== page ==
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How to have a sustainable and considered Christmas

However you like to celebrate, there are dozens of ways to make the festive period more mindful. Here are a few suggestions from ELLE Decoration and friends...

Christmas scenes illustrations
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Here are a few suggestions from ELLE Decoration and friends...

It’s the thought that counts...

*It may be an overused adage, but what does thoughtful gifting actually entail? Obvious, perhaps, but nothing is more heartfelt than exchanging handmade gifts. Even for the less crafty among us, edible treats are a safe place to start: ‘The joy of making a foodie gift is that you are thinking about the person you are making it for from beginning to end. Simple chocolate truffles, chocolate-coated nuts or Christmas cake will always go down well,’ suggests chocolatier Paul A Young.

*For designer Matilda Goad, thoughtful gifting is often about going back to simple pleasures: ‘I think it’s lovely to bring something for a host – potted plants are my go-to as they smell divine and canal ways be planted outdoors post-Christmas. I’m also fond of giving edible gifts too, such as raw honeycomb frames, which can be enjoyed together at long, leisurely breakfasts.’ Try Bees & Co for honey gifts.

*If you’re after something more long-lasting, enrol in a course or workshop and give your handmade creations to your nearest and dearest – Blackhorse Workshop in Walthamstow, London has a course programme including jesmonite coaster casting and crafting wood chopping boards.

*Personalising your decorations and trimmings, as well as gifts, with little twists can make even the most commonplace of Christmas ephemera memorable: ‘I’ve been customising my crackers for years by hiding crystals inside. Each person gets a stone that relates to them and an explanation of the crystal’s properties – much better than a bad joke,’ says event designer Fiona Leahy.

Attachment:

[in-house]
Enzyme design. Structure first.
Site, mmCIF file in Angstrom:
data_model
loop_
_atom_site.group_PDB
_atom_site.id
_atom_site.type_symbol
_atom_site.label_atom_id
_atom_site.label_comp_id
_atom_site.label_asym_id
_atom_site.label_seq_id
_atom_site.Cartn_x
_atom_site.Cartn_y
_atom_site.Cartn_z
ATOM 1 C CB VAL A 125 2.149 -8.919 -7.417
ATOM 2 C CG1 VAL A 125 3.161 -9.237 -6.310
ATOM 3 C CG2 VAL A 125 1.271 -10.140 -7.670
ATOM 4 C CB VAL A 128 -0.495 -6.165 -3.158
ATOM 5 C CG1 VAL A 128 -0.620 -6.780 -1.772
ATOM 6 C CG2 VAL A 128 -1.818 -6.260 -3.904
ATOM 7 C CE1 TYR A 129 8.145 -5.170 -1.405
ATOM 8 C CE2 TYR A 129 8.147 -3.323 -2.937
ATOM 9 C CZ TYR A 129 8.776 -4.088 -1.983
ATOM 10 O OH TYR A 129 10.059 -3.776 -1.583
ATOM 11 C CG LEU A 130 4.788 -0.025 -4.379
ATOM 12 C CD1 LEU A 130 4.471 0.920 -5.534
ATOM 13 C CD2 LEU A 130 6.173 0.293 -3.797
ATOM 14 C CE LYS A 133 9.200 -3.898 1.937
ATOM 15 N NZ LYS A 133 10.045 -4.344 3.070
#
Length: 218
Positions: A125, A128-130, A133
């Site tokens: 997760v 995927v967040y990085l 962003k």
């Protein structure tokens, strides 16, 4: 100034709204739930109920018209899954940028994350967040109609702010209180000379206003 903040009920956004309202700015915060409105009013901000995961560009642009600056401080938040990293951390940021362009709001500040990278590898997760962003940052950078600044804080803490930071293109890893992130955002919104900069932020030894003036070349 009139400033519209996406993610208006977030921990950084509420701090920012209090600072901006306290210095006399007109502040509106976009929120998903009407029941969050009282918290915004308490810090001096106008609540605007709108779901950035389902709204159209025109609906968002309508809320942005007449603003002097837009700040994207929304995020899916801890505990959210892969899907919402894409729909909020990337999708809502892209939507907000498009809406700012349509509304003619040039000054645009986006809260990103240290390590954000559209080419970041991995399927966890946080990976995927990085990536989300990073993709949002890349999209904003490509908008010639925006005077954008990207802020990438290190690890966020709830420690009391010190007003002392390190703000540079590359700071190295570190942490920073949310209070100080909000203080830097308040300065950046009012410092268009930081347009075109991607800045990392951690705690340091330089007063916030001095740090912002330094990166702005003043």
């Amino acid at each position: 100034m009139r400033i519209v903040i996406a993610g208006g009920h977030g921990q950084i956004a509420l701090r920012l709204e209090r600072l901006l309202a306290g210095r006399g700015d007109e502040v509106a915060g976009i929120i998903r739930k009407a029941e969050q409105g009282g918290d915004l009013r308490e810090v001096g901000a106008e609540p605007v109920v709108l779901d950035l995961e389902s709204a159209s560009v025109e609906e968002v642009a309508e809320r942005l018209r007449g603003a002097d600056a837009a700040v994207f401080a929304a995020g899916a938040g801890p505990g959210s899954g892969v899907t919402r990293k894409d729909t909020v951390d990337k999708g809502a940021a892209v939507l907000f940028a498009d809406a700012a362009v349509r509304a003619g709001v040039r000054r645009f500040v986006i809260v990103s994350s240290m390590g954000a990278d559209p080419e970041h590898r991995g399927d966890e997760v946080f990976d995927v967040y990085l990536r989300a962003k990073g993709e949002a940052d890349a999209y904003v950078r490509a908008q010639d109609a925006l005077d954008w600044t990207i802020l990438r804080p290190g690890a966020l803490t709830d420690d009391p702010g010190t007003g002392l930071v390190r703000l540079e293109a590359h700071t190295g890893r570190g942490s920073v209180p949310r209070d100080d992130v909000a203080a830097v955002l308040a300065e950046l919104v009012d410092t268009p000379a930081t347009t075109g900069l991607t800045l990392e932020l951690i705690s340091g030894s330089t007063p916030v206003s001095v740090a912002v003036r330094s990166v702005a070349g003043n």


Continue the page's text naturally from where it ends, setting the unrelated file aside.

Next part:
*A thoughtful subscription is a good alternative if you’re not the hands-on sort, and tailoring it to their tastes and passions speaks volumes. Fairtrade coffee beans from Old Spike Roastery are roasted in Peckham and support homeless people with training and employment. The Willoughby Book Club, meanwhile, offers personalised book subscriptions based on the receiver’s favourite authors and titles, handpicked by literary experts – not an algorithm in sight.

Christmas scenes illustration
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Acts of kindness

*Giving back needn’t mean forgoing indulgence, as we’re spoilt for choice when it comes to covetable wares that have a philanthropic edge. The art world has long embraced this idea, with the likes of House of Voltaire, a not-for-profit pop-up that sells artworks to fund its educational programmes, and Into art, a charity that works with people with learning disabilities and produces art, design and fashion. This year, Carl Freedman Gallery and Counter Editions have created ‘100 Years’, a series of limited-edition prints by renowned artists (including David Shrigley and Tracey Emin) that celebrates the centenary of Save the Children, with a third of profits going to the charity.